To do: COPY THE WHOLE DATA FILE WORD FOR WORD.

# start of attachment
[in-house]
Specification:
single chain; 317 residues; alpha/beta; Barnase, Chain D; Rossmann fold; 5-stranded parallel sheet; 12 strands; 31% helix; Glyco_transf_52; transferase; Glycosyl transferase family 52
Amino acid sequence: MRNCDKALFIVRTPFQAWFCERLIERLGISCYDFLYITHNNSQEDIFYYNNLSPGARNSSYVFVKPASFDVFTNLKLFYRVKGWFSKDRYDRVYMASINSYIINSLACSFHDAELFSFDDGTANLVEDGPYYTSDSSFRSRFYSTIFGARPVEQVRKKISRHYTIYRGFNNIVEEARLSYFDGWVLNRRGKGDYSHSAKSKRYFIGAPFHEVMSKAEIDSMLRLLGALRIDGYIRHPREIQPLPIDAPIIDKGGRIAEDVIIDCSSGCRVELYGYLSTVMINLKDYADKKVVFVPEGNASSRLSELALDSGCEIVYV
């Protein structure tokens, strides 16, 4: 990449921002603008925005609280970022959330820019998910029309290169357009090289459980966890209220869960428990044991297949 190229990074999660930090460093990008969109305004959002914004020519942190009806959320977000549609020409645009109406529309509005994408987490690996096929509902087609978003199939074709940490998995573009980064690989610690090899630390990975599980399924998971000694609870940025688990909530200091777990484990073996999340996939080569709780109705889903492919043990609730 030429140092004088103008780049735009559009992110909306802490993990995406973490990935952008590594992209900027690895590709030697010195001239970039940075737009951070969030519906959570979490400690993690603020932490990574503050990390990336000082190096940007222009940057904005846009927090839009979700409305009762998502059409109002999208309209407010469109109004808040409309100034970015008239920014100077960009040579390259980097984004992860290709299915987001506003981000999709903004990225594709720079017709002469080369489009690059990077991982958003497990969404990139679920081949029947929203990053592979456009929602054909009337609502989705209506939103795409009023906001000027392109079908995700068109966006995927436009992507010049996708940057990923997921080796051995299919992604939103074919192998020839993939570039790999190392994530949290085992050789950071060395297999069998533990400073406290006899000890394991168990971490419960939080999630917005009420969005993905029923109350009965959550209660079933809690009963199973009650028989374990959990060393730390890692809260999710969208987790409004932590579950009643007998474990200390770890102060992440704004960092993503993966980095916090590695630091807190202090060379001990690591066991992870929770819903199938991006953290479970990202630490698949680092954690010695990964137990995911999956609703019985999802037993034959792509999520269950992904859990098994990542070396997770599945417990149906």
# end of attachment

[in-house]
Specification:
single chain; 317 residues; alpha/beta; Barnase, Chain D; Rossmann fold; 5-stranded parallel sheet; 12 strands; 31% helix; Glyco_transf_52; transferase; Glycosyl transferase family 52
Amino acid sequence: MRNCDKALFIVRTPFQAWFCERLIERLGISCYDFLYITHNNSQEDIFYYNNLSPGARNSSYVFVKPASFDVFTNLKLFYRVKGWFSKDRYDRVYMASINSYIINSLACSFHDAELFSFDDGTANLVEDGPYYTSDSSFRSRFYSTIFGARPVEQVRKKISRHYTIYRGFNNIVEEARLSYFDGWVLNRRGKGDYSHSAKSKRYFIGAPFHEVMSKAEIDSMLRLLGALRIDGYIRHPREIQPLPIDAPIIDKGGRIAEDVIIDCSSGCRVELYGYLSTVMINLKDYADKKVVFVPEGNASSRLSELALDSGCEIVYV
């Protein structure tokens, strides 16, 4: 990449921002603008925005609280970022959330820019998910029309290169357009090289459980966890209220869960428990044991297949 190229990074999660930090460093990008969109305004959002914004020519942190009806959320977000549609020409645009109406529309509005994408987490690996096929509902087609978003199939074709940490998995573009980064690989610690090899630390990975599980399924998971000694609870940025688990909530200091777990484990073996999340996939080569709780109705889903492919043990609730 030429140092004088103008780049735009559009992110909306802490993990995406973490990935952008590594992209900027690895590709030697010195001239970039940075737009951070969030519906959570979490400690993690603020932490990574503050990390990336000082190096940007222009940057904005846009927090839009979700409305009762998502059409109002999208309209407010469109109004808040409309100034970015008239920014100077960009040579390259980097984004992860290709299915987001506003981000999709903004990225594709720079017709002469080369489009690059990077991982958003497990969404990139679920081949029947929203990053592979456009929602054909009337609502989705209506939103795409009023906001000027392109079908995700068109966006995927436009992507010049996708940057990923997921080796051995299919992604939103074919192998020839993939570039790999190392994530949290085992050789950071060395297999069998533990400073406290006899000890394991168990971490419960939080999630917005009420969005993905029923109350009965959550209660079933809690009963199973009650028989374990959990060393730390890692809260999710969208987790409004932590579950009643007998474990200390770890102060992440704004960092993503993966980095916090590695630091807190202090060379001990690591066991992870929770819903199938991006953290479970990202630490698949680092954690010695990964137990995911999956609703019985999802037993034959792509999520269950992904859990098994990542070396997770599945417990149906």